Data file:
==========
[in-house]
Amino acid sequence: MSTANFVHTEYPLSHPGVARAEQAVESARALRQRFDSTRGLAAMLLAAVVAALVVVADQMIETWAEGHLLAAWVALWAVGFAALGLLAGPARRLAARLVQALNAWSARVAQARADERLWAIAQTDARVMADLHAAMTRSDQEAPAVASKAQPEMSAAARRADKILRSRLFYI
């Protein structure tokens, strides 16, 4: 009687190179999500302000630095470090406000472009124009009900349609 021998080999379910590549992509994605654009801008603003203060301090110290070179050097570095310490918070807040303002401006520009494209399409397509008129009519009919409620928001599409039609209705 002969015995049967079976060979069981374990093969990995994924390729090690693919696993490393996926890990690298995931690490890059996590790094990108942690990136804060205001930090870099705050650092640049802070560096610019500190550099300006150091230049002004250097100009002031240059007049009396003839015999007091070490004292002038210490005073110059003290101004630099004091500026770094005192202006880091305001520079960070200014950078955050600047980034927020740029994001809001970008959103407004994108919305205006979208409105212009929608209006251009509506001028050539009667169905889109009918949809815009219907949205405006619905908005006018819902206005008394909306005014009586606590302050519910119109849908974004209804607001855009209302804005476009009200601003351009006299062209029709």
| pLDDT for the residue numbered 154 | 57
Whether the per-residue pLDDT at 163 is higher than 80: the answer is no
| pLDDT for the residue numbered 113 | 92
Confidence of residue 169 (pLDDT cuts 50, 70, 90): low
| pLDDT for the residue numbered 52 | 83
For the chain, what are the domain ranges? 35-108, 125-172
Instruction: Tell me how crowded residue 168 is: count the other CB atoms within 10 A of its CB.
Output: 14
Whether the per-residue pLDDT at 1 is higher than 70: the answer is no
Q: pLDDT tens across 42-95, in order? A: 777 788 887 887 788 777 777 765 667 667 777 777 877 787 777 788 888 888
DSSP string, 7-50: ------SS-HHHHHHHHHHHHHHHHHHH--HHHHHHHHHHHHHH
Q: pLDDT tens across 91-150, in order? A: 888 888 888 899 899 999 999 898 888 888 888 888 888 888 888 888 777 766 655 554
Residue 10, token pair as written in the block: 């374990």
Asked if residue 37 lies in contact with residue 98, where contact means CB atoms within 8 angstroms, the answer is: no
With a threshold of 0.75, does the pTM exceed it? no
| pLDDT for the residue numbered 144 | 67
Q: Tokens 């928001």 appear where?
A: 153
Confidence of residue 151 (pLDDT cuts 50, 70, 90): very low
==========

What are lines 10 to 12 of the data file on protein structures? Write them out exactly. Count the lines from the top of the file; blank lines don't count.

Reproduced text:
Instruction: Tell me how crowded residue 168 is: count the other CB atoms within 10 A of its CB.
Output: 14
Whether the per-residue pLDDT at 1 is higher than 70: the answer is no